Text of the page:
Accelerator mass spectrometry as a bioanalytical tool for nutritional research

John S. Vogel, Ken W Turteltaub

Research output: Contribution to journalArticle

36 Scopus citations

Abstract

Accelerator Mass Spectrometry is a mass spectrometric method of detecting long-lived radioisotopes without regard to their decay products or half-life. The technique is normally applied to geochronology, but is also available for bioanalytical tracing. AMS detects isotope concentrations to parts per quadrillion, quantifying labeled biochemicals to attomole levels in milligram-sized samples. Its advantages over non-isotopic and stable isotope labeling methods are reviewed and examples of analytical integrity, sensitivity, specificity, and applicability are provided.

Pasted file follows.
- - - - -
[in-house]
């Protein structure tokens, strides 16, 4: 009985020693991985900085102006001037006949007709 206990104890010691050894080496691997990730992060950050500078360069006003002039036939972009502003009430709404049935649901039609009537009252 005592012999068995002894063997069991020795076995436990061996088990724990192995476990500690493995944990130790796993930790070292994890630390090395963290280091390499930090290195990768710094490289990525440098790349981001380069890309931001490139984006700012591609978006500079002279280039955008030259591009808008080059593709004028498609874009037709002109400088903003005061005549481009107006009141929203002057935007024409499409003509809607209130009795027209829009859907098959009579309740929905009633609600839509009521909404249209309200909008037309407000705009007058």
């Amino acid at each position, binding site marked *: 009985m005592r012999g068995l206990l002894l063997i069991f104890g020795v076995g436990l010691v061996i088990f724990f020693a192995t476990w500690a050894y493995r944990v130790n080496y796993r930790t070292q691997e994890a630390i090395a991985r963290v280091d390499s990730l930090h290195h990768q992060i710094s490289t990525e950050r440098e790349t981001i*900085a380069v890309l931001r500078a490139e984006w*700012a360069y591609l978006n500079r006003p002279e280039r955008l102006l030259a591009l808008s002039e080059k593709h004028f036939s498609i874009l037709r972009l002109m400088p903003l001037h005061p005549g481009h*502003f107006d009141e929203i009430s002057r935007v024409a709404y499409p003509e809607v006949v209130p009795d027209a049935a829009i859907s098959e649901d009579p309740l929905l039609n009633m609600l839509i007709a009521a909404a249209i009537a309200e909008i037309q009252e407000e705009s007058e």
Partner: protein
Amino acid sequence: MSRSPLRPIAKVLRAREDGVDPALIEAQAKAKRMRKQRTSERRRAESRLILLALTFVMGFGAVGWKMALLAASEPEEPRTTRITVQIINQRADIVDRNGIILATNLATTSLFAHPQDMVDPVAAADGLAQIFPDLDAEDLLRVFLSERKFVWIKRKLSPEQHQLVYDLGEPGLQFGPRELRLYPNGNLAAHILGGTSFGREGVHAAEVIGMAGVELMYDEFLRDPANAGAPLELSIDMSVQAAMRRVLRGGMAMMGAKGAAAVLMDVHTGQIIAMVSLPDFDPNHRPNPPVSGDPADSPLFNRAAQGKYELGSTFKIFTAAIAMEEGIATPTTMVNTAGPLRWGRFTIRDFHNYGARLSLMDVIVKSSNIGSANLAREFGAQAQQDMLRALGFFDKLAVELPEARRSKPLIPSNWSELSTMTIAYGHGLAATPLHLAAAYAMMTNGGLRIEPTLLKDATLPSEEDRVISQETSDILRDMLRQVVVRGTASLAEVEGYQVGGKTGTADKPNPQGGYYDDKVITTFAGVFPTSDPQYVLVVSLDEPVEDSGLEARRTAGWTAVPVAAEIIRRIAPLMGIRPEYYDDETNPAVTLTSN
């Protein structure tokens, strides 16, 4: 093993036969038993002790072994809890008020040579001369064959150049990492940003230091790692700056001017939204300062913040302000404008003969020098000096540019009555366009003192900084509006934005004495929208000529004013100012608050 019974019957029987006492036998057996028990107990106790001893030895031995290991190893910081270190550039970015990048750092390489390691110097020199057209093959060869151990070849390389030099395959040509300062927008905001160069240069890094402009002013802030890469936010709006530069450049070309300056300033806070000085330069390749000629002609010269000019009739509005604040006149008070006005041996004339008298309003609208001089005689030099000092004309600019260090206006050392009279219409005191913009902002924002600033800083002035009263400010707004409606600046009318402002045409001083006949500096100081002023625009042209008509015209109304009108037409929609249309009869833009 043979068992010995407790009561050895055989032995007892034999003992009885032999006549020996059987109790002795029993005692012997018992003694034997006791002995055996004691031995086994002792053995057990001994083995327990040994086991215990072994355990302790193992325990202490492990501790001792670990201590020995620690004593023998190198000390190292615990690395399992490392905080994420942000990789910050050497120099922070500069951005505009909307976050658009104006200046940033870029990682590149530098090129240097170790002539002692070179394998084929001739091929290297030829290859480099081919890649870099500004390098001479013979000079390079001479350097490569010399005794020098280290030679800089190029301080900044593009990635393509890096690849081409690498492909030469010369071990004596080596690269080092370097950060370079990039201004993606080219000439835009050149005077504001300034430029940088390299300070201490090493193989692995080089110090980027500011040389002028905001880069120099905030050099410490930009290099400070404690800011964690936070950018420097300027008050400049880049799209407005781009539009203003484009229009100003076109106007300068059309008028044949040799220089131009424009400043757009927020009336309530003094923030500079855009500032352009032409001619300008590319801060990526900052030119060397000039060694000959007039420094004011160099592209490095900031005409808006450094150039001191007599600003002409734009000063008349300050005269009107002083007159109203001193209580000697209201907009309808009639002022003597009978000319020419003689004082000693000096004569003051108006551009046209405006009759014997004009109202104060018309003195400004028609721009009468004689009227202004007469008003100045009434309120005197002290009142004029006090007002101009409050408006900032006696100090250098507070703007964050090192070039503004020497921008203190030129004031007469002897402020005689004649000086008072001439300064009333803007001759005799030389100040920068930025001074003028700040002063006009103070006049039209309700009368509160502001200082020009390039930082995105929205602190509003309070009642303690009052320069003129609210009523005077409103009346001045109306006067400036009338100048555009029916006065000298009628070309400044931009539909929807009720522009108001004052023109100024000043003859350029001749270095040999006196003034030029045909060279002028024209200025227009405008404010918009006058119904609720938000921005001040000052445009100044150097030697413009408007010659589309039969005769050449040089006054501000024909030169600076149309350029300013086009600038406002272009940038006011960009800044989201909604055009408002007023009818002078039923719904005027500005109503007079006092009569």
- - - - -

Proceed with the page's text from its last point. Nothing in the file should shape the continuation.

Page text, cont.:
Original languageEnglish (US)
Pages (from-to)397-410
Number of pages14
JournalAdvances in Experimental Medicine and Biology
Volume445
StatePublished - 1998
Externally publishedYes

ASJC Scopus subject areas

  • Biochemistry, Genetics and Molecular Biology(all)

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